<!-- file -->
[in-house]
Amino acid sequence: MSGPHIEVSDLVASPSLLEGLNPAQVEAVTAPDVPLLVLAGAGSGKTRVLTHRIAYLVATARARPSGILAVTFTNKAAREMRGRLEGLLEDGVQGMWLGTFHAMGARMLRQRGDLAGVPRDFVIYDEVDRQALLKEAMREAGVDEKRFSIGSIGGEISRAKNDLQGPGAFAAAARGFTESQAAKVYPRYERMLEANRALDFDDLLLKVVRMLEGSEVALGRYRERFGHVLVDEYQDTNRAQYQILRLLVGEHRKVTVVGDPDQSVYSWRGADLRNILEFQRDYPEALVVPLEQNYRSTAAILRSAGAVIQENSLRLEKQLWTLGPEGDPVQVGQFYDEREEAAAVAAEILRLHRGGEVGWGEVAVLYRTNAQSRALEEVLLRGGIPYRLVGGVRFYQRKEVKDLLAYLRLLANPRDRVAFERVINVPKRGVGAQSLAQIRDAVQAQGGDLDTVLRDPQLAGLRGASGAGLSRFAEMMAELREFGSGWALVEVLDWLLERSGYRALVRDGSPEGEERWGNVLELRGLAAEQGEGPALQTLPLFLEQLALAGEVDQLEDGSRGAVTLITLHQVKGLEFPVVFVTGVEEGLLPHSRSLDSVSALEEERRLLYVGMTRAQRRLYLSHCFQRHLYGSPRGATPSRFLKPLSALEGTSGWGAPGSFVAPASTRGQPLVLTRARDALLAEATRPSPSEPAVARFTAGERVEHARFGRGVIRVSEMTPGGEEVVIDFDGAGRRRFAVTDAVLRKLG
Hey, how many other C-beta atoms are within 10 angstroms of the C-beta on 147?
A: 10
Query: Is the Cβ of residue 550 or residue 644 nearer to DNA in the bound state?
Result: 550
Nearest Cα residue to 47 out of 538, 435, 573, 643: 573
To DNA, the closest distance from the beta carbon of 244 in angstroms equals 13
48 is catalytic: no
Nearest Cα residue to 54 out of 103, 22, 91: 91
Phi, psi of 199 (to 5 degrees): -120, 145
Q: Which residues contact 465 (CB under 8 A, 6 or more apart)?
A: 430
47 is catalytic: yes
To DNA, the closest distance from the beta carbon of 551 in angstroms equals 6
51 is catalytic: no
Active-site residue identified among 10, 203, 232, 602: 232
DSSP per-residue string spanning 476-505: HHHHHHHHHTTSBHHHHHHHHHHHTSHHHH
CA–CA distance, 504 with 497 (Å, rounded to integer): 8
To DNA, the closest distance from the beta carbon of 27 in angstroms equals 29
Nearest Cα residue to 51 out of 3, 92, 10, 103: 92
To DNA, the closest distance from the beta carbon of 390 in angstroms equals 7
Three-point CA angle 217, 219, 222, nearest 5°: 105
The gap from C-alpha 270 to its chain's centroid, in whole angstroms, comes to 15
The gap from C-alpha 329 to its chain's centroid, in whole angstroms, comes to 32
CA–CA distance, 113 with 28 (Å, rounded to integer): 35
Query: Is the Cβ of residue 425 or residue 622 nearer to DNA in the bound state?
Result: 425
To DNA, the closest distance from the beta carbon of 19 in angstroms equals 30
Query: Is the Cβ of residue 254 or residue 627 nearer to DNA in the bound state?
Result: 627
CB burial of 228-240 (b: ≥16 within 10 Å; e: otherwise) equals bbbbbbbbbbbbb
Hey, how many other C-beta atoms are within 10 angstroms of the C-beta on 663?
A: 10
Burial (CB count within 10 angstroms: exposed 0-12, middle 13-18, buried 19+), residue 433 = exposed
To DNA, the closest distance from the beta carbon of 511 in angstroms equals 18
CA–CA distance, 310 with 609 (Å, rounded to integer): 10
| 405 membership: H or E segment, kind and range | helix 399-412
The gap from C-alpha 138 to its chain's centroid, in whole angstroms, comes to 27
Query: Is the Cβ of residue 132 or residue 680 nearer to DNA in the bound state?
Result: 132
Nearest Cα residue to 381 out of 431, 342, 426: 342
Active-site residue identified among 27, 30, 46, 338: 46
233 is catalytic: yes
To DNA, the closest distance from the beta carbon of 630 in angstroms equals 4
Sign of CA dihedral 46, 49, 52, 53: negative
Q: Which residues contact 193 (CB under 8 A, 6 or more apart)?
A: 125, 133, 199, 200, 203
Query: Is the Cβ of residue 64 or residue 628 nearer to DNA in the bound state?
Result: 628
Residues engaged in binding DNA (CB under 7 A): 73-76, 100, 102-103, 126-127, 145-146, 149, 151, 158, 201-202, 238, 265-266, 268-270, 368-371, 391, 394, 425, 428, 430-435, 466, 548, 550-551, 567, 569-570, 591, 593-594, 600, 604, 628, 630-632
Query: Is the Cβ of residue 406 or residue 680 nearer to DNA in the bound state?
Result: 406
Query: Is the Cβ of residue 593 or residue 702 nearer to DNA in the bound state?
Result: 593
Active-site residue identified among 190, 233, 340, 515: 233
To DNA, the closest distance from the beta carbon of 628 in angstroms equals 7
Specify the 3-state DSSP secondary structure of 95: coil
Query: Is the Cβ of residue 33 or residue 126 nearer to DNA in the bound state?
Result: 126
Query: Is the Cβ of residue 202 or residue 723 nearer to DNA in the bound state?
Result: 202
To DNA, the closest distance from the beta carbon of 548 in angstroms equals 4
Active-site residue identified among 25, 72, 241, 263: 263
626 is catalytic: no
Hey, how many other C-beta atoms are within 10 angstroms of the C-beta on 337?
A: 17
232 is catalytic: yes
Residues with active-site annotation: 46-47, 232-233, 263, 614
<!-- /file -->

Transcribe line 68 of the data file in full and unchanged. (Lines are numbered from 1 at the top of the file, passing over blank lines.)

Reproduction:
232 is catalytic: yes